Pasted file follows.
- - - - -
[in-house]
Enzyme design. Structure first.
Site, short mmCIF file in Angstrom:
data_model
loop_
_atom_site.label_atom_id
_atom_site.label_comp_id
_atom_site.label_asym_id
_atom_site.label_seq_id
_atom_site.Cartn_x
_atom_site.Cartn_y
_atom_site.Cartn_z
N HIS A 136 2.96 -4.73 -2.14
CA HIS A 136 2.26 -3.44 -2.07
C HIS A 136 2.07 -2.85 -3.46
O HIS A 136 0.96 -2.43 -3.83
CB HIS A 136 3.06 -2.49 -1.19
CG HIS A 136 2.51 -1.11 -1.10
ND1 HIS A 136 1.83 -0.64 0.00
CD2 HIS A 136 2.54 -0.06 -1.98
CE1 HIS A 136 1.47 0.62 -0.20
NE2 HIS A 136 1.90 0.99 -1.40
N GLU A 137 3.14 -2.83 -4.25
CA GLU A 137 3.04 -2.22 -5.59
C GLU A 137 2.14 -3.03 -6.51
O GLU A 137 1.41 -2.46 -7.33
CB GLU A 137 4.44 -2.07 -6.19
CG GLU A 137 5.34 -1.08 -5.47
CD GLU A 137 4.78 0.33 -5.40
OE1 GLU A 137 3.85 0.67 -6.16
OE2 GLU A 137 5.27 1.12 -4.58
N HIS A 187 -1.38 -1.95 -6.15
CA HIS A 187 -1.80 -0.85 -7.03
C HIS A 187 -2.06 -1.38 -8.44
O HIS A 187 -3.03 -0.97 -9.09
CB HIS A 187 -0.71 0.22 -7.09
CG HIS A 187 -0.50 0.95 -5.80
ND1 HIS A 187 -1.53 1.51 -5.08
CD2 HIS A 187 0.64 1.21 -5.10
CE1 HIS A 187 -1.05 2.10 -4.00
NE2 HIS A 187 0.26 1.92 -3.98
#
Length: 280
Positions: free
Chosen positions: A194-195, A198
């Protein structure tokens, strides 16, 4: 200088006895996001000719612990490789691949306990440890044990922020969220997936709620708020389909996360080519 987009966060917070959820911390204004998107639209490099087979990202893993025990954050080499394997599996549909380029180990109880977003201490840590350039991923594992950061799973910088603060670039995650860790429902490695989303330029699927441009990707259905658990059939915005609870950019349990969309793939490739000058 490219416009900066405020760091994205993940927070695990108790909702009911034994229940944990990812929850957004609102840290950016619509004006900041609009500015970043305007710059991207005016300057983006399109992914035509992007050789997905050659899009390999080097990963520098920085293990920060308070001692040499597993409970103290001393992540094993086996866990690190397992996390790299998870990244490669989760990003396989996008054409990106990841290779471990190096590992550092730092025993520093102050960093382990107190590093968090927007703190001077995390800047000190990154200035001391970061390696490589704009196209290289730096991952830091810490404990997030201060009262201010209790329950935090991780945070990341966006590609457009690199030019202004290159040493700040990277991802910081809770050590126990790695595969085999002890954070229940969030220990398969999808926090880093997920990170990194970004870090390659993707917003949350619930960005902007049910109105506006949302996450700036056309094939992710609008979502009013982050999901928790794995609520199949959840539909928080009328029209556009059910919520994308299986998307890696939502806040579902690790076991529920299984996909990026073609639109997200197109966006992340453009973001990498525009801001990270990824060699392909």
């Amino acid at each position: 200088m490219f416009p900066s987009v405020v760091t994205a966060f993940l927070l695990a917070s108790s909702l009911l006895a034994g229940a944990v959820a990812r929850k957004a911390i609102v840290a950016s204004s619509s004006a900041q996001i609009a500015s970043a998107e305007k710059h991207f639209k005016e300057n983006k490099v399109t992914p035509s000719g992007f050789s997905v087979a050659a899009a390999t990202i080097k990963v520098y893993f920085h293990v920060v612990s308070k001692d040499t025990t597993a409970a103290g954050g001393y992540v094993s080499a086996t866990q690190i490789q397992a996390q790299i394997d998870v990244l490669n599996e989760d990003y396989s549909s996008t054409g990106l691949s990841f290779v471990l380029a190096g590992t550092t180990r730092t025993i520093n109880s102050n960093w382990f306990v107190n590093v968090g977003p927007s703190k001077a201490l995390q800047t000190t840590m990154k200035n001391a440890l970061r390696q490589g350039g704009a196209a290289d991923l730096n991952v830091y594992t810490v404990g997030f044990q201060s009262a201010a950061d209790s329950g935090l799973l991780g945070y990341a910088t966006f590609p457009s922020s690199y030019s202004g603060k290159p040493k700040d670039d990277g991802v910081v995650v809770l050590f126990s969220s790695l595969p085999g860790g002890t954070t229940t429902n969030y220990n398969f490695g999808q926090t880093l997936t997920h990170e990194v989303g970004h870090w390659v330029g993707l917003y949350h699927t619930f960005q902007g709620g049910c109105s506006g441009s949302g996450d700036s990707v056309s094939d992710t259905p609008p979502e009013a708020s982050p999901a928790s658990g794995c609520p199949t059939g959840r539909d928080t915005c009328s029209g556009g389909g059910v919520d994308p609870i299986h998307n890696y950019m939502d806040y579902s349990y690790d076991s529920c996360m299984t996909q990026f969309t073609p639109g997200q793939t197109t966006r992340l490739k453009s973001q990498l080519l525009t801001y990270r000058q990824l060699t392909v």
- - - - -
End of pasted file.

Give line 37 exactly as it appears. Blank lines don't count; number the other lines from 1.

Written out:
CG HIS A 187 -0.50 0.95 -5.80